Sometimes it’s really annoying having to review gear because you end up not wanting to send it back. Which is exactly the case with the UA Apollo Twin X. The experience has absolutely left our previous workflow in the dust, with just the urge to purchase yet another expensive bit of studio gear remaining.

Universal Audio Apollo Twin X review: hands-on demos


Universal Audio Apollo Twin X review: Specs

  • Simultaneous I/O: 10 x 6
  • A/D Resolution: 24-bit/192kHz
  • Built In DSP/FX: UAD-2 Quad Core Processing, Realtime UAD Powered Plug-ins
  • Number of Preamps: 2 x mic, 1 x instrument
  • Phantom Power: Yes
  • Analog Inputs: 2 x XLR-1/4" combo (mic/line), 1 x 1/4" (Hi-Z)
  • Analog Outputs: 2 x 1/4" (monitor), 2 x 1/4" (line out)
  • Digital Inputs: 1 x Optical Toslink (ADAT,S/PDIF)
  • Headphones: 1 x 1/4" TRS
  • Software: UAD Realtime Analog Classics plug-ins (VST, AU, AAX 64), 5 Heritage Edition plug-ins
  • OS Requirements - Mac: macOS 10.12 or later, Quad Core i7 Processor or higher
  • OS Requirements - PC: Windows 10 Anniversary update or later, Quad Core i7 Processor or higher
  • Power Supply: 12V DC power supply (included)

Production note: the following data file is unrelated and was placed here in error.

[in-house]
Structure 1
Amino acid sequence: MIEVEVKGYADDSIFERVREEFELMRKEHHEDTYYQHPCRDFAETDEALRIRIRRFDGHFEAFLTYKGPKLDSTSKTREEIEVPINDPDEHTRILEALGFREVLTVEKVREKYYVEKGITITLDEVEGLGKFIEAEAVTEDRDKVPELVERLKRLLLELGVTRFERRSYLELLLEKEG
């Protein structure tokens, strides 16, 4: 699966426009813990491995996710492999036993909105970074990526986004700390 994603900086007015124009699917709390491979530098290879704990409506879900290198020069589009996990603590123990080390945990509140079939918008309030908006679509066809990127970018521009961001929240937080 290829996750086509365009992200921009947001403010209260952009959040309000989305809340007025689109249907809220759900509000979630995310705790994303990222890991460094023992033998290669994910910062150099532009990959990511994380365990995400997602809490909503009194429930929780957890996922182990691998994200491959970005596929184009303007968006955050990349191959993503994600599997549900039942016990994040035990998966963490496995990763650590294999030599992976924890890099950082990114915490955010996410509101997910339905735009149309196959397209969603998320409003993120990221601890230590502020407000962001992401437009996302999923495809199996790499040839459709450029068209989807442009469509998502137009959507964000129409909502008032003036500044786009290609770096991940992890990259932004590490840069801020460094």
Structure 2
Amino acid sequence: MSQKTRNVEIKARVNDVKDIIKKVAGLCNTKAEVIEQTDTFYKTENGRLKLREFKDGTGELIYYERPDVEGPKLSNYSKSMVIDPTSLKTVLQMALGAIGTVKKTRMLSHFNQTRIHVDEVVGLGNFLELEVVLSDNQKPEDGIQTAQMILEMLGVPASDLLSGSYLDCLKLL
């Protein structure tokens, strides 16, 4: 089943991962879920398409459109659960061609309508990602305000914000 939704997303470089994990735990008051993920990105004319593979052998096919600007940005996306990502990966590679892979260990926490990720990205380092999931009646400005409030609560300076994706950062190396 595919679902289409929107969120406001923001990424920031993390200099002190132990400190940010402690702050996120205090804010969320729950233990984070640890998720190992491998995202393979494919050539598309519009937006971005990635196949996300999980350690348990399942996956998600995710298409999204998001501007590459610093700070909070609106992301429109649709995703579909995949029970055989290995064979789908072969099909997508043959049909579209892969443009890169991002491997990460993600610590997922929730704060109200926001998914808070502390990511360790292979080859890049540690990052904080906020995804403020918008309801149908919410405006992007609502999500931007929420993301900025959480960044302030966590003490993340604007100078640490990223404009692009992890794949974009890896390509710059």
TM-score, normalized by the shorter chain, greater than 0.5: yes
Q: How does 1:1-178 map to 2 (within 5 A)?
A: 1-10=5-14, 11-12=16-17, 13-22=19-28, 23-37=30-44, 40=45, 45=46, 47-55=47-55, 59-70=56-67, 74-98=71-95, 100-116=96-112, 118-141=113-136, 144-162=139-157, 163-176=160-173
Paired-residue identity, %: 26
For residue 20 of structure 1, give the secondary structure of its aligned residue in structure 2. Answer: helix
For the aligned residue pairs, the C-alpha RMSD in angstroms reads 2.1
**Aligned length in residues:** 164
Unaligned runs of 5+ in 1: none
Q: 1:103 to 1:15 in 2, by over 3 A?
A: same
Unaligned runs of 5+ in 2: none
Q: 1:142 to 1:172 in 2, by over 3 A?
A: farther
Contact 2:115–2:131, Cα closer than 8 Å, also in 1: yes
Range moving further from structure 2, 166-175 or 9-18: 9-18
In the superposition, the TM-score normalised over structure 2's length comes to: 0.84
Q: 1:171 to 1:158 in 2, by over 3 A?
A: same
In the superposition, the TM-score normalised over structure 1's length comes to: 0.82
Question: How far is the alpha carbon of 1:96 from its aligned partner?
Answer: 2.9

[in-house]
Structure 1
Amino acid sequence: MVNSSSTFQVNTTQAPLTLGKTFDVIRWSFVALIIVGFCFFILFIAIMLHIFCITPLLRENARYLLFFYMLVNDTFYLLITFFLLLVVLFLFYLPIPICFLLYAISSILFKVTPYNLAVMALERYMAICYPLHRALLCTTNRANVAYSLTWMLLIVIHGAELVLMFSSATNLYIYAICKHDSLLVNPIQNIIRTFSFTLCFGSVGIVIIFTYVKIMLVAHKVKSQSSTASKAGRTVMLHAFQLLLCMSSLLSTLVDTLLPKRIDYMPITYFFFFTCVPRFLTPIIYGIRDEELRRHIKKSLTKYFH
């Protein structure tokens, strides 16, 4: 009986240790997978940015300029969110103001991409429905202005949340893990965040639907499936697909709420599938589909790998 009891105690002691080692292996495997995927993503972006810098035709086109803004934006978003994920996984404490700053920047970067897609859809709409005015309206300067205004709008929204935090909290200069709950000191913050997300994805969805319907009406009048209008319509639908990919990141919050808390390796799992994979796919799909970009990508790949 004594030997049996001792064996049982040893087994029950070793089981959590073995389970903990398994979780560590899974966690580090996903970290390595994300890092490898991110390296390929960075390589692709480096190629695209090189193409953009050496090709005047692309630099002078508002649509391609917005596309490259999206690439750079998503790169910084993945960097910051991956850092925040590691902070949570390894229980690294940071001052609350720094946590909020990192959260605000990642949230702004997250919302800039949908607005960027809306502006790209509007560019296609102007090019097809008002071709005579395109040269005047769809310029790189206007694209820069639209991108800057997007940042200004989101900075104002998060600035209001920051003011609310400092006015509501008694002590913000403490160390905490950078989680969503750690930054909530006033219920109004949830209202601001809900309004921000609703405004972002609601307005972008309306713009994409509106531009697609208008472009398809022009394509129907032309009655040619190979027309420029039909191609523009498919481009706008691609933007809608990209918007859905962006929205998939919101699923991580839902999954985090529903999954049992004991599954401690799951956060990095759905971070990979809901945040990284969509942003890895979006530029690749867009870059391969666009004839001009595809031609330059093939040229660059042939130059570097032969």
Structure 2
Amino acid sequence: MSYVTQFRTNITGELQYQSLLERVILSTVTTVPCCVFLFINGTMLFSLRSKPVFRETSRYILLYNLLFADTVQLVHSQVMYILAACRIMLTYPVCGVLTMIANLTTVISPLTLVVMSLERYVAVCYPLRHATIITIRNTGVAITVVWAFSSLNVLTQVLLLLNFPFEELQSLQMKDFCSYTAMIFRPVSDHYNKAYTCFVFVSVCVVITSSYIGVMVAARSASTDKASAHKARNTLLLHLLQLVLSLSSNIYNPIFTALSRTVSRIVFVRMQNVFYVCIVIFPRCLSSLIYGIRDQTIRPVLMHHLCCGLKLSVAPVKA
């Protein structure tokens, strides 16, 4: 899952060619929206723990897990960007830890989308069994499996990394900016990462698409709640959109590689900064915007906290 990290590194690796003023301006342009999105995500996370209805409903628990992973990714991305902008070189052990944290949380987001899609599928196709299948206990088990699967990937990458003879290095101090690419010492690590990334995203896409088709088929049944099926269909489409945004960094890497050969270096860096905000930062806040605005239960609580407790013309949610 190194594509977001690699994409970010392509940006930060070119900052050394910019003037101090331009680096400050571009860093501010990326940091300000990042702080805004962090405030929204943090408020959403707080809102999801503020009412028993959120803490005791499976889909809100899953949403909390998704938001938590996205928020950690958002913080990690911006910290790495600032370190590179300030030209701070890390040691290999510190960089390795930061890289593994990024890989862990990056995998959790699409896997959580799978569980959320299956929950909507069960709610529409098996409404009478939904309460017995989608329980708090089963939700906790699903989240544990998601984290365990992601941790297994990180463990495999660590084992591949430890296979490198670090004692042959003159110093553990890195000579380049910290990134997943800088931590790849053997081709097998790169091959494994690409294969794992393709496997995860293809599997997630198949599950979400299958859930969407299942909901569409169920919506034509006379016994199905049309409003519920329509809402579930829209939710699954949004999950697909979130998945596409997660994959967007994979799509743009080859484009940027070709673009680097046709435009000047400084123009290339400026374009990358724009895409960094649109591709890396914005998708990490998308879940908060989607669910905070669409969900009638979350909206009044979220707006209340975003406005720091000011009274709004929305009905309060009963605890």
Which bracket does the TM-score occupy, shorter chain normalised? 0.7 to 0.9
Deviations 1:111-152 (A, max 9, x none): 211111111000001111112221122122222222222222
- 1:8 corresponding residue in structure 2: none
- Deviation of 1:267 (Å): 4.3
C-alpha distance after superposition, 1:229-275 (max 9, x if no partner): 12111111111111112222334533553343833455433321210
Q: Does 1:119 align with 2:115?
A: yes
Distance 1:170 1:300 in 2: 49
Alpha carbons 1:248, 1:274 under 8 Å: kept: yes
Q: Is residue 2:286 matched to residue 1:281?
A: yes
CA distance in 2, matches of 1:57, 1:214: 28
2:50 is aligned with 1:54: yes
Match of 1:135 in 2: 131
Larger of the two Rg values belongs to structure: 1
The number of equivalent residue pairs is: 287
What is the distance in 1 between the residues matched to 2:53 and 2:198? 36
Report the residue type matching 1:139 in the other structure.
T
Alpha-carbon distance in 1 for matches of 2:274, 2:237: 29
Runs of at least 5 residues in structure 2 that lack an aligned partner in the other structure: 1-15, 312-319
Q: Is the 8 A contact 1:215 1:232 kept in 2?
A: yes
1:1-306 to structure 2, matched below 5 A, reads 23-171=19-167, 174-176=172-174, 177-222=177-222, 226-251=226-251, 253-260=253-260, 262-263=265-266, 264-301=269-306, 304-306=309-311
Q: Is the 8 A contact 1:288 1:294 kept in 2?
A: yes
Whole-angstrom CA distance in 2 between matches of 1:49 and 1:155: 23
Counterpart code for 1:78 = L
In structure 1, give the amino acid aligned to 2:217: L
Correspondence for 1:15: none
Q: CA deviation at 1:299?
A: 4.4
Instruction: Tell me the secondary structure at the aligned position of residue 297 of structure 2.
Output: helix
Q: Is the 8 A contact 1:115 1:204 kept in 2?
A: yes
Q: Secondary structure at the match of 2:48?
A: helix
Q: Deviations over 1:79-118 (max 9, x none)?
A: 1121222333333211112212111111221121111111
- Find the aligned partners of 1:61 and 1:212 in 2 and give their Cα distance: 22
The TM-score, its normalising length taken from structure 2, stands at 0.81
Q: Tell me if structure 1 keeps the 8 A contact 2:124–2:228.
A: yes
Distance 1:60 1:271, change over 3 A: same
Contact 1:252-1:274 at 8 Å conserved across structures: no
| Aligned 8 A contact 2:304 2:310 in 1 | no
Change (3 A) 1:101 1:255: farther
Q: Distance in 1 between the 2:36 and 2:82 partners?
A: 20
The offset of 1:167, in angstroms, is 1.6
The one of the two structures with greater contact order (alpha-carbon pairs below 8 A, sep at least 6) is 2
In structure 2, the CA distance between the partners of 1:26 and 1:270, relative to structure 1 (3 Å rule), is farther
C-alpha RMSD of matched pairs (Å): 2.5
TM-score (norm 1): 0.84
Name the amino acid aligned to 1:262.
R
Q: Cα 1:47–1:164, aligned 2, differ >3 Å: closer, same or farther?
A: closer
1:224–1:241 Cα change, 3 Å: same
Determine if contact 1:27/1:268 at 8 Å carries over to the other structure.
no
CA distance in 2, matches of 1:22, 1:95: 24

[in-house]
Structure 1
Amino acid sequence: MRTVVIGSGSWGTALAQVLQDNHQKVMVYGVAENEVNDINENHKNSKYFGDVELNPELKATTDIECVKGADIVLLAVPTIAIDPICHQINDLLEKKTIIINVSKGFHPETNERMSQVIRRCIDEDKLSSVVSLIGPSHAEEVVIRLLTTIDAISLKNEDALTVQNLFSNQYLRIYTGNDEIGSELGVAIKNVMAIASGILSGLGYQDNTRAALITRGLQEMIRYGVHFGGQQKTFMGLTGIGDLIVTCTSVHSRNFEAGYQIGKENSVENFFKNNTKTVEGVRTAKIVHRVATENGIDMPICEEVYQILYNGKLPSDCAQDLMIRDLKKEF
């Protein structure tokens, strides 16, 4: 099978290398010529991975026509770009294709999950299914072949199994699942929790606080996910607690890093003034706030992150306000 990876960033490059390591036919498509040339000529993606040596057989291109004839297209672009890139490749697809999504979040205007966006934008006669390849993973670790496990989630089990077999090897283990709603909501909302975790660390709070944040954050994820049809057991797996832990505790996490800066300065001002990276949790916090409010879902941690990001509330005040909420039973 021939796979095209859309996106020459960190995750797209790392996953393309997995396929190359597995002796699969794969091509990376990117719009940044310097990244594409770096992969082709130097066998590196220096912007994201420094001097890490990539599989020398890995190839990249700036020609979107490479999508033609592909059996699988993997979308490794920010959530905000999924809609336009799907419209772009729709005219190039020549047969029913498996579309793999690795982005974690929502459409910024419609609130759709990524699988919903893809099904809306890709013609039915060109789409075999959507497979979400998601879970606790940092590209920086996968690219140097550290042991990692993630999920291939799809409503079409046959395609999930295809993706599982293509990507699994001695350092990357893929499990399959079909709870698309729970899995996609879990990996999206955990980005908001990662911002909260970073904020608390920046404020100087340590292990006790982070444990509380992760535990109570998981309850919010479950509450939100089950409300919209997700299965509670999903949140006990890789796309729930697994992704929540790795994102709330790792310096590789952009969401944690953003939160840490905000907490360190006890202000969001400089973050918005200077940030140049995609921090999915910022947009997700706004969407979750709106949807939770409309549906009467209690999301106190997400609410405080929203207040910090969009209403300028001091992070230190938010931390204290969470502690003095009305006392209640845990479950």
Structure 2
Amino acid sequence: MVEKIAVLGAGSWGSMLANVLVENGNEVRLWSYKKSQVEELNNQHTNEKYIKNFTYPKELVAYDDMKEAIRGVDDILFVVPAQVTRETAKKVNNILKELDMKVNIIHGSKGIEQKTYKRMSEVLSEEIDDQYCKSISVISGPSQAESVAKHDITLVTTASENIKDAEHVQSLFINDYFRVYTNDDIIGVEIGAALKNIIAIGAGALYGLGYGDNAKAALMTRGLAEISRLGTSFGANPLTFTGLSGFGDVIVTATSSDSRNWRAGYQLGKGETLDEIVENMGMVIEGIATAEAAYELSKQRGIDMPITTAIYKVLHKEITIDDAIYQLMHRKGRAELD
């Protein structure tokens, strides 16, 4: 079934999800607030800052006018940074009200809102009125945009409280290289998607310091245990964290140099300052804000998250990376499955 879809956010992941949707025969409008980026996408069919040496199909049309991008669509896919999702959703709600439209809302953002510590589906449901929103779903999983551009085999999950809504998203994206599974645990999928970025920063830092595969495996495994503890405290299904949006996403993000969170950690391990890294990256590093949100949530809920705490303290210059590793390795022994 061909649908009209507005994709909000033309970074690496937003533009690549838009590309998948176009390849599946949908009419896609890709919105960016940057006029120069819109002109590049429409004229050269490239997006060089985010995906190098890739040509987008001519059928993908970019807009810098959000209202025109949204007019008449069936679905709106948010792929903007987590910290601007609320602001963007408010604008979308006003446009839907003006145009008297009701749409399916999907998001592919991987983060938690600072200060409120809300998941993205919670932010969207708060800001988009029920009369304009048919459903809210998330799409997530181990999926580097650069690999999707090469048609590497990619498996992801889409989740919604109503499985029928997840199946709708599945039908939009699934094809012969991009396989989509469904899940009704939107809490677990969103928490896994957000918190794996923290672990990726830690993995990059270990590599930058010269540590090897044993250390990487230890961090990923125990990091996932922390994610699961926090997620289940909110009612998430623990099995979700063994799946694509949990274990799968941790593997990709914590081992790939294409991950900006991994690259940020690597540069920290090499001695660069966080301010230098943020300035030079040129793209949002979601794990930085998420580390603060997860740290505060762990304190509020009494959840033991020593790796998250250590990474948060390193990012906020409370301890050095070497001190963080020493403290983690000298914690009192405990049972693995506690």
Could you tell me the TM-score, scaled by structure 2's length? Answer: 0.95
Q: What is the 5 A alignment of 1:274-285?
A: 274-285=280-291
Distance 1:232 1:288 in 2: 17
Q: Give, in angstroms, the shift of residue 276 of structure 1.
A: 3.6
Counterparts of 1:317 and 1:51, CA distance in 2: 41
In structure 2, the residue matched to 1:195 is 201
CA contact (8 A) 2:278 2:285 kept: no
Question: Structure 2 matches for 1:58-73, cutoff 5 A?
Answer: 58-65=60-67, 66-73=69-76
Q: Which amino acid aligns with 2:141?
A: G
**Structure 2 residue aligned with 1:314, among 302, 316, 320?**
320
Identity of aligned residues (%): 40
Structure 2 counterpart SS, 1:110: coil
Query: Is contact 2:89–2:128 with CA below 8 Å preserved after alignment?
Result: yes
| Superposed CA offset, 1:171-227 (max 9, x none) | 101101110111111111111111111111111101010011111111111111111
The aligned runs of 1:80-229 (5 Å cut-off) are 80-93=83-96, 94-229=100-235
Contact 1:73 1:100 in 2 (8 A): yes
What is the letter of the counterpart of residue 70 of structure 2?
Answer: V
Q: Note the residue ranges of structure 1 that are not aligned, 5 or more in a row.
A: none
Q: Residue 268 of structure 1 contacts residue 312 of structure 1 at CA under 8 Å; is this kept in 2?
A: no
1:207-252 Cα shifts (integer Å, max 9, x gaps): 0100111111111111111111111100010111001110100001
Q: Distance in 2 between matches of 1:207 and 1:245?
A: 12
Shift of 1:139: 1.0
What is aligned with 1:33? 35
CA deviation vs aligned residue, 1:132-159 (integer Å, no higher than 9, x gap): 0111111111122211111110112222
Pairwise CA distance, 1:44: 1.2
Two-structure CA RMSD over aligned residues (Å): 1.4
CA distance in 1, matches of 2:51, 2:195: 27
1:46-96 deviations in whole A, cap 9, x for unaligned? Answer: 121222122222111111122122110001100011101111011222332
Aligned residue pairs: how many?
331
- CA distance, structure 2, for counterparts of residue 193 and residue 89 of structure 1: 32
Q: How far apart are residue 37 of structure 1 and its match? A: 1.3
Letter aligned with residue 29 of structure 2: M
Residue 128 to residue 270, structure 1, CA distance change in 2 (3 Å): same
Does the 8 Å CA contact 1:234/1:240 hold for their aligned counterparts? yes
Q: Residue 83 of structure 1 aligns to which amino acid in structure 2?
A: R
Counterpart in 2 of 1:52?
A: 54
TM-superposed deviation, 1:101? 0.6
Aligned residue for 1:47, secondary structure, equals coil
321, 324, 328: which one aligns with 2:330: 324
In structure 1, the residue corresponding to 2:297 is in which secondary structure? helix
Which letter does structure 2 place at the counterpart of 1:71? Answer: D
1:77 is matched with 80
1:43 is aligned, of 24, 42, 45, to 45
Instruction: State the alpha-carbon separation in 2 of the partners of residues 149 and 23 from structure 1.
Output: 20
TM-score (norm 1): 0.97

• Weight: 2.35 lbs.
  • Contact: Universal Audio
Matt McCracken
Junior Deals Writer

Matt is a Junior Deals Writer here at MusicRadar. He regularly tests and reviews music gear with a focus on audio interfaces, studio headphones, studio monitors, and pretty much anything else home recording-related. Matt worked in music retail for 5 years at Dawsons Music and Northwest Guitars and has written for various music sites including Guitar World, Guitar Player, Guitar.com, Ultimate Guitar, and Thomann’s t.blog.  A regularly gigging guitarist with over 20 years of experience playing live and producing bands, he's performed everything from jazz to djent, gigging all over the UK in more dingy venues than you can shake a drop-tuned guitar at.